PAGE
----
3:52 — Kate: We, the social media leaders, have the responsibility to deliver the ultimate content each and every time!
3:53 — We need to engage, activate, and reward our fans. Engagement programs come in all shapes and sizes, and we have both planned programs and also un-planned programs.
3:54 — Kate: #Un4gettable Weekend was centered around a new car release in the 4 Series. It was important to engage the hardcore fan, especially because the 4 Series was replacing the 3 Series.
3:56 — We gave two of our biggest fans a weekend with the car that included drives, track time, and lots of great experiences. In order to find these super fans, we used two criteria:
- Are they a true fan?; and,
- Are they knowledgeable about the 4 Series?
We did this under the guise that they were going to be part of a documentary.
3:58 — Kate: We created a full weekend using story boards, shot lists, social cadence, and copy. We treated it like an event.
3:59 — Our first super fan could tell the type of leather in a vehicle simply by its smell! We showed up and interviewed him, meanwhile we snuck a 4 Series into his garage. He spent the entire first day driving the vehicle around a professional race track. Then, the second day, we let him have time alone with the car.
4:00 — Kate: Our second super fan would wear head-to-toe BMW gear at motocross events. He was able to do some wonderful scenic drives and also drive laps on a racetrack. The next day we tried to give him time alone with the car, and he requested to go back to the racetrack!
4:02 — This allowed us to get tons of content in real-time to share with our audiences. We took videos, photos, etc., and were able to post all about the event across all of our channels. We also shared this content with our super fans, giving them a USB drive at the end of the weekend full of our content.
4:02 — Kate: Resulted in 2.8M impressions, 119K clicks, and 1,000 new followers!
4:03 — We also produced two-minute recap videos and included some of the video in a national TV spot, surprising our fans as they viewed themselves on a commercial.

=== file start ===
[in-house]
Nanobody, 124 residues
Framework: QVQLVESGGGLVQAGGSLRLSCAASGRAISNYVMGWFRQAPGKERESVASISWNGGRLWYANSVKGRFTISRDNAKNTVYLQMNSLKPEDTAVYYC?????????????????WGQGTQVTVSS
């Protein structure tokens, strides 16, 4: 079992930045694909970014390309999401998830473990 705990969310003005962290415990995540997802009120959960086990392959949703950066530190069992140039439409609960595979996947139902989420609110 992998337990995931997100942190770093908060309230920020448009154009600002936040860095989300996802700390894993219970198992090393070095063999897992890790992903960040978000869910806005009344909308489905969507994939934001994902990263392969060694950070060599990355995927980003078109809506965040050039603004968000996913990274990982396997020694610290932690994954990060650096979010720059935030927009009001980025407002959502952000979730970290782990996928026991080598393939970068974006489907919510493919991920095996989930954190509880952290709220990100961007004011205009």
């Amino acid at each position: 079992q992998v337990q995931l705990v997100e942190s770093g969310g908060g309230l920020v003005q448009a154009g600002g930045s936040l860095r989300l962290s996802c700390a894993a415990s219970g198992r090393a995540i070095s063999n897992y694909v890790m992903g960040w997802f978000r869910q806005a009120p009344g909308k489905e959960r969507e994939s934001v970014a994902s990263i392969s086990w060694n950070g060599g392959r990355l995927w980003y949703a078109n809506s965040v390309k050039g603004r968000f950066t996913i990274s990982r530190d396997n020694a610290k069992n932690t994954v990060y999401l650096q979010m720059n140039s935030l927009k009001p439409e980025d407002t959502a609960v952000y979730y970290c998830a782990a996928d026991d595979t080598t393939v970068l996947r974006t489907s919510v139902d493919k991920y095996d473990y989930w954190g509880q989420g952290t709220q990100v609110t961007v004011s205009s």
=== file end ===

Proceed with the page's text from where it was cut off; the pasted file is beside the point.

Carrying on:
4:04 — Kate: Our first super fan blogged every single detail about the weekend. Nate, our second fan, tweeted and posted throughout the weekend.
4:05 — Key learnings: We did both fan weekends on the same weekend. In the future we will not overlap. We also need to have a creative person at home-base ready to work with our agency to get content published in real-time.
4:07 — Kate: Our second engagement was the 4219Eli. Eli is a 4-year old BMW enthusiast! He had a great, imaginative dream about a particular type of car, and they took fan-created content and asked their followers to create graphic depictions of Eli’s dream, called the 4219Eli. BMW also did an official rendering and posted it.
4:09 — The response was so immediate and widespread — all organic. We got international press coverage, over 11M impressions, and through-the-roof Facebook stats.
4:10 — Kate: One program was planed, the other was low-level and reactionary, but the common thread is that they need to deliver on providing great experiences. Our programs ought to come in all shapes and sizes, just like our fans!
Q & A
Q: Can you talk about the process of finding your ten finalists for your Super Fans?
A: Kate: We didn’t do a call out but kept it under the radar. We looked manually through our channels for very active and vocal fans who already knew about the 4 Series. This left us with only a few dozen candidates, and we got it down to ten.
Q: Do you have a strategy in terms of follow up with these campaigns and their participants?
A: Kate: One of our super fans gets in touch with us about every week! We keep up with both fairly regularly.
Q: Regarding Eli’s story, have you had other fans post similar types of stories expecting a similar response?
A: Kate: That particular article was on an objective news source, so they didn’t expect us to respond. It is important to monitor other channels as well as our own, but we didn’t see a big spike in asks (we get lots already!).
Q: The first campaign you shared was around a new product launch, but what other events do you try to get fans involved with?
A: Kate: We’ve done a few events around launches, but we’ve also done campaigns to raise money for donations. We sponsor the Olympics and built the bobsled for the USA bobsled team. Really any way we can engage our fans.
Q: For the 4 Series, how did your community respond? Did they expect to have something like this happen?
A: Kate: It was the first time we’ve ever done a program like this around the 4 Series. It was very new for everyone.